For people used to gardening in regions where the winters are freezing cold, the question of when to prune trees and shrubs is thought of more or less in the following terms. Deciduous plants, that is those that drop their leaves in the fall, being hardy to cold, should be pruned during their seasonal dormancy, i.e. the winter, whereas evergreen trees and shrubs, excluding conifers, to the extent that it is possible to grow them at all in cold climates, are not touched until the spring, or at least until all possibility of frosts has passed.
It is also known by many home gardeners and presumably by all professional ones, that pruning deciduous plants in the spring can be highly detrimental to the future health of the plant, due to the loss of sap that would result from pruning in the spring.
However, for those of us gardening in mild winter climates, particularly in areas where frosts are virtually unknown, the issue is somewhat more involved. In fact many a serious mistake has been made because of a misunderstanding of deciduousness and its implications. These mistakes involve pruning a certain type of plant at the wrong time.
The phenomenon of leaf drop occurs in three main circumstances. One of these is when certain plants drop their leaves as a means of reducing water loss during the hot, dry season. The leaf drop that takes place though in cold climates is a genetically programmed response allowing broad-leaved plants to survive the freezing temperatures in the winter. It is a process that starts towards the end of the summer, becomes most obviously visible in the autumn accompanied by often spectacular leaf colors, and terminates at the beginning of winter with the actual fall of the leaves.
Gardeners in cold winter climates are naturally restricted in the number of species available to them. Where temperature fall below -10c, it is highly unlikely that any evergreens, conifers excepted, can be grown at all. In places where winter lows range between say -5c and -9c, it is sometimes possible to grow evergreens like the olive or many species of Acacia.
However in regions where the winter lows hover around the 5c mark, typified by nights that are chilly but nonetheless frost -free, it becomes possible to grow a far wider range of garden plants, including species that originate from sub-tropical and even tropical habitats.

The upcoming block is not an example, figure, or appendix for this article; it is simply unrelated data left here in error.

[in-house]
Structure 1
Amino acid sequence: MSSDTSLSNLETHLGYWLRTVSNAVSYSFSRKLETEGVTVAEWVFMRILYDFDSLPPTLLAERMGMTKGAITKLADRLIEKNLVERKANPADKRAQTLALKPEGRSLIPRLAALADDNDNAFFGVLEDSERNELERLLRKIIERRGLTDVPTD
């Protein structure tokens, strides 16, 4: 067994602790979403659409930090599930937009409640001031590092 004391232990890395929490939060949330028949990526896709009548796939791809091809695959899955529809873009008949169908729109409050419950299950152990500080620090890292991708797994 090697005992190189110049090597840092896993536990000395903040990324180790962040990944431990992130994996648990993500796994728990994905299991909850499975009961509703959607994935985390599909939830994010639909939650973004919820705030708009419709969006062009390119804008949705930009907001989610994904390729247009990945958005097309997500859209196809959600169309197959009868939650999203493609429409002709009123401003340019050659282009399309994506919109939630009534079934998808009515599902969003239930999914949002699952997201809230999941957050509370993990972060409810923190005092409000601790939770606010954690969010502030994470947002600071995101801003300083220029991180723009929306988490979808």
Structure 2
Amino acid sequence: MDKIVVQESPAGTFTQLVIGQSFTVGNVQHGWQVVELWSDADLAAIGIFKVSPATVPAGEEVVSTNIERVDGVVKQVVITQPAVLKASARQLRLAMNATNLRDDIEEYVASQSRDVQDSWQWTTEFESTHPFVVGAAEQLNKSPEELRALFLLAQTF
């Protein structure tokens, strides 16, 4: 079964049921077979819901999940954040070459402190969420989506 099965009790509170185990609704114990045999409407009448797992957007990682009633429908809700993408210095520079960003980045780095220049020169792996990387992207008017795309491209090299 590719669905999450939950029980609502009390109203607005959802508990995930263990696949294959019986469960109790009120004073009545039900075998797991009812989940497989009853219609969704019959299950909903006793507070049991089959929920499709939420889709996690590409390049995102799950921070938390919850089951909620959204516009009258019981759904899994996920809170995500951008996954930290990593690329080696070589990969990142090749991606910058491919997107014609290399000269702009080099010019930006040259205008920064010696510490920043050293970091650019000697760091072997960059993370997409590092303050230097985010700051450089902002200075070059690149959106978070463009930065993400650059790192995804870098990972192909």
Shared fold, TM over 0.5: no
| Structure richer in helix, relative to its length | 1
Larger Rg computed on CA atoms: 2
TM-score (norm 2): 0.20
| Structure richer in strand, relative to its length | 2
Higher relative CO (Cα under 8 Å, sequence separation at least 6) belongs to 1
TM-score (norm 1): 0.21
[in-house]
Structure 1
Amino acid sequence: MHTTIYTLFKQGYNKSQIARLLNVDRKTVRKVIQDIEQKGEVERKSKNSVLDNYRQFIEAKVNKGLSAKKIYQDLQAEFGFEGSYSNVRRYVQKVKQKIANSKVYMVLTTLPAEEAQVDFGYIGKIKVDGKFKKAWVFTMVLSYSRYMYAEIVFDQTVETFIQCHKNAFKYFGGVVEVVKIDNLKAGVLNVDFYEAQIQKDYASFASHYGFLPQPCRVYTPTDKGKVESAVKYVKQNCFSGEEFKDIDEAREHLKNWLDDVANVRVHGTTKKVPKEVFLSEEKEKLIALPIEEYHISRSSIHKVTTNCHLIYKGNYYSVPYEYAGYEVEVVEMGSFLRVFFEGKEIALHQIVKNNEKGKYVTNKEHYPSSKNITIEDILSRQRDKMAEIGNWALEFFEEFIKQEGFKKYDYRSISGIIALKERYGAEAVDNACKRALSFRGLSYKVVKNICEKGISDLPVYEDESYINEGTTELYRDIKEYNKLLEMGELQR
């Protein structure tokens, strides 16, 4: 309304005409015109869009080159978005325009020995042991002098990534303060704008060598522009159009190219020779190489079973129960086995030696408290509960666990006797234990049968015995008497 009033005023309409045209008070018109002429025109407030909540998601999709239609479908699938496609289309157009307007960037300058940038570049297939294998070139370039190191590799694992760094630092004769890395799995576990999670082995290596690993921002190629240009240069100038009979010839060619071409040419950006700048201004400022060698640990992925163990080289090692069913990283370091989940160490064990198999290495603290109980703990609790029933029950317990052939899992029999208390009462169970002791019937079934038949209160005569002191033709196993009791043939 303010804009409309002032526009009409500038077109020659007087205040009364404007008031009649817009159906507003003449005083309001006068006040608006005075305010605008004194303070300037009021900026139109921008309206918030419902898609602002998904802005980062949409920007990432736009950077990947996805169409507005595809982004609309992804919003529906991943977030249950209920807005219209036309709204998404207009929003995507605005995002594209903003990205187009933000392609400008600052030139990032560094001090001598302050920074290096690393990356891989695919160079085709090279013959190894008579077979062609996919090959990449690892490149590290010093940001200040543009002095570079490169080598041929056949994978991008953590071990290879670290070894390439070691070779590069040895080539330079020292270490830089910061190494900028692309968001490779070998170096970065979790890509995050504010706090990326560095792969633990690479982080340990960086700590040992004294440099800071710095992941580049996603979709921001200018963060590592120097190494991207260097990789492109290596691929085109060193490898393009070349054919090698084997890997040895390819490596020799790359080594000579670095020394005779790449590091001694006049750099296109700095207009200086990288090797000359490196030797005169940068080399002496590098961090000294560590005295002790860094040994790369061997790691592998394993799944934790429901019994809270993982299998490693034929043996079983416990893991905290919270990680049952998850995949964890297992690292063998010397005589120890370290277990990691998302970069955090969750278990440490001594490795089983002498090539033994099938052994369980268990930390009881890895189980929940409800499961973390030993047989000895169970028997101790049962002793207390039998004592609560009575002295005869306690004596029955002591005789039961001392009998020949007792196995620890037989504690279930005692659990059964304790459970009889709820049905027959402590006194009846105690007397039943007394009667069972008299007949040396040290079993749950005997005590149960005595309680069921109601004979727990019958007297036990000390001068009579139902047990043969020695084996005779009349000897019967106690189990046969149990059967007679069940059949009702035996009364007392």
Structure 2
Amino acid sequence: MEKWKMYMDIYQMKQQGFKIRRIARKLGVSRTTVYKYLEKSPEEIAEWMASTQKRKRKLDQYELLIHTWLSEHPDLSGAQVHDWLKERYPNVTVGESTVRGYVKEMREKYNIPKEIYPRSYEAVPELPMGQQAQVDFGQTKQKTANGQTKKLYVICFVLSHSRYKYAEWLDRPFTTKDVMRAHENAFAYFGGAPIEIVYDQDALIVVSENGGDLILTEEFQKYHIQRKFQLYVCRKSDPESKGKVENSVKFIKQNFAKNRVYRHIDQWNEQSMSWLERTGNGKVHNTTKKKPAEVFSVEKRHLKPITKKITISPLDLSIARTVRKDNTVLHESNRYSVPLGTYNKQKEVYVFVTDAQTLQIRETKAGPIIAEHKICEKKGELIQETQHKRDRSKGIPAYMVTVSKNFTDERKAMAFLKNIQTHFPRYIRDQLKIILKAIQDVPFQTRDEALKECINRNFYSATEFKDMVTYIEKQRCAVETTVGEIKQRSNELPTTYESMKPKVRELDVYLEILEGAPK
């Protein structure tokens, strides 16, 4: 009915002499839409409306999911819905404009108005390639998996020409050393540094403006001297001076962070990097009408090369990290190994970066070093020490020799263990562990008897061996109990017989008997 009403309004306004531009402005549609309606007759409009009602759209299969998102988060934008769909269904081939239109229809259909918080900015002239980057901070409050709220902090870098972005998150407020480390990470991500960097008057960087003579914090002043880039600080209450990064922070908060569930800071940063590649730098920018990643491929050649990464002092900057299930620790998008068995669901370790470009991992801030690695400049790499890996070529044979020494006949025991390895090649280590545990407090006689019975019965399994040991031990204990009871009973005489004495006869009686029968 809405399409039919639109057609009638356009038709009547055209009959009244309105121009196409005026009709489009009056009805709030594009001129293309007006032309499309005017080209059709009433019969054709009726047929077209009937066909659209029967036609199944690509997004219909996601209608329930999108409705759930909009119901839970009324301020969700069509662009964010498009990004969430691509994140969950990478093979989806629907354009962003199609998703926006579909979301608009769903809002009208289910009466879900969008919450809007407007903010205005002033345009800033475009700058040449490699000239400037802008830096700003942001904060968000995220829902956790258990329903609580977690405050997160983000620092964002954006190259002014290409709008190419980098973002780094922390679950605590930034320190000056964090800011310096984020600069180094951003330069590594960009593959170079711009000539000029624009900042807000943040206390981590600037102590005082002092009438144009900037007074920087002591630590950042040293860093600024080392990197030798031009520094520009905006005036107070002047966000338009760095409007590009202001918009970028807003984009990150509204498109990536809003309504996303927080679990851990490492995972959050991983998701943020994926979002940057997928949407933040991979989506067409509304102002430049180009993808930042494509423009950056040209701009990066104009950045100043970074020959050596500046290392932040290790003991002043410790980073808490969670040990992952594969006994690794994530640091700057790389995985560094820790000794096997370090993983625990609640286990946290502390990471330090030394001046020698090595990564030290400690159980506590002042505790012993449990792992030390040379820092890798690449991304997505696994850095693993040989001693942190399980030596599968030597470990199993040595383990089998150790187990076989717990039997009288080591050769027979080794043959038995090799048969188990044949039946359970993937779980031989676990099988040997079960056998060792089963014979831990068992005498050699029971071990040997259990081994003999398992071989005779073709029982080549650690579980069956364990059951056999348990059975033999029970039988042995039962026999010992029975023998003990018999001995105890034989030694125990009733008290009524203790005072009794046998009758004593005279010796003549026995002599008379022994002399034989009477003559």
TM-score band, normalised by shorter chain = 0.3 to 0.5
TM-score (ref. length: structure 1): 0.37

Examples would include Delonix regia, Jacaranda acutifolia, Tipuana tipu and Peltophorum dubium, amongst many.
In such conditions, species belonging to this category drop their leaves, not as a dictate from their genetic code, as is the case with naturally deciduous plants, but as a temporary response to the relative cold of a Mediterranean winter night. And herein lays the trap! Many people on seeing a tree of subtropical origin out of leaf, unwittingly mistake it for a truly deciduous plant, connecting deciduousness with cold-hardiness. The trouble is that the precise opposite is the case. Conditionally deciduous plants are often or not highly sensitive to cold, and are therefore liable to be seriously damaged by winter pruning. *
So what can you do to avoid making such a mistake? In the absence of specific knowledge regarding this or that plant, the simple answer is to find out the natural habitat of a plant before pruning it. This is a piece of information that most people gloss over when they read up on any particular plant in garden literature, but as I hope will be clearer now, it is information that can have significant consequences for the future of some of your trees and shrubs. Therefore, if a tree is out of leaf in the winter but is of tropical or sub-tropical origin, it should not be pruned until the spring or the summer, together with the evergreen plants.
*Note: Plants that are liable to be cold sensitive to any degree, can be seriously damaged by winter pruning, as they have less capacity in the cold season to resist the fungal and bacterial infections, brought on by pruning cuts.